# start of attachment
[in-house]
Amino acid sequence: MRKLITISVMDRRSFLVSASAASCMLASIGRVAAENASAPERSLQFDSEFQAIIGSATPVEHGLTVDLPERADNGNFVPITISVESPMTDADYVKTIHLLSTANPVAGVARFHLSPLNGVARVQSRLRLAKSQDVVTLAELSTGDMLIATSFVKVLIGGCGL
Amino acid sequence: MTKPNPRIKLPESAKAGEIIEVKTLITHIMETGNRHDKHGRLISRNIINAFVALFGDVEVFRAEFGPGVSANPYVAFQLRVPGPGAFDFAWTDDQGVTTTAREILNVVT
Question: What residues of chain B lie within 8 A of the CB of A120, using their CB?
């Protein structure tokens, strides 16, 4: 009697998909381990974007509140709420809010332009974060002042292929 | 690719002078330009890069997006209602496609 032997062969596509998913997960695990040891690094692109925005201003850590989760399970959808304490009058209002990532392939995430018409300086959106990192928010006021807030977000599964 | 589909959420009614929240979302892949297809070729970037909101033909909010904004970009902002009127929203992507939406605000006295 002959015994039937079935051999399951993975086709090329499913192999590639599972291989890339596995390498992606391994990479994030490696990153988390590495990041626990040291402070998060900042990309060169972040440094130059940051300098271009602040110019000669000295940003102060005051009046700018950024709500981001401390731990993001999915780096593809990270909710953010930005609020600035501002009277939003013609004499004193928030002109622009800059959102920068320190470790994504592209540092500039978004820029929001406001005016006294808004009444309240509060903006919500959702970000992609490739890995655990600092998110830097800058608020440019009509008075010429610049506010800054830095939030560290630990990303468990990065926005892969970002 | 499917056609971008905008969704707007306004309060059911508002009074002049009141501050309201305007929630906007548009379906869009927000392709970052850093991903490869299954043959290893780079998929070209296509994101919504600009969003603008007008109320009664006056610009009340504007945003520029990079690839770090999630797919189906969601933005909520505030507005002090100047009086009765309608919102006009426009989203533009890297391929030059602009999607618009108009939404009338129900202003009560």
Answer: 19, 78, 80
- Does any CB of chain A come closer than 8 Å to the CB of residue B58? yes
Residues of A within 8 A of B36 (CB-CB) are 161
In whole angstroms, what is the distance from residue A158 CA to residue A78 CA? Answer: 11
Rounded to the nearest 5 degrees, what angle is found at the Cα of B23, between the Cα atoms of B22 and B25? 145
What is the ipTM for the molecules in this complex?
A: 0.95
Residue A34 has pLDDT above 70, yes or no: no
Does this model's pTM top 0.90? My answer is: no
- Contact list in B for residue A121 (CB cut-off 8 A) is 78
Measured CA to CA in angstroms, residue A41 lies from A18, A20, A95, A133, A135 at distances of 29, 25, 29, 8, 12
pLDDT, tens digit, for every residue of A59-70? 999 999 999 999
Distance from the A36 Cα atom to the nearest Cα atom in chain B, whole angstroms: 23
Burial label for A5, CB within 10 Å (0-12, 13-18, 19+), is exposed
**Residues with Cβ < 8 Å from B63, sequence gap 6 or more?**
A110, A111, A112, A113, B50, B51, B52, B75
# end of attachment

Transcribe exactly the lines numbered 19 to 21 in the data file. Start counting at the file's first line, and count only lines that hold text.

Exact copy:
Burial label for A5, CB within 10 Å (0-12, 13-18, 19+), is exposed
**Residues with Cβ < 8 Å from B63, sequence gap 6 or more?**
A110, A111, A112, A113, B50, B51, B52, B75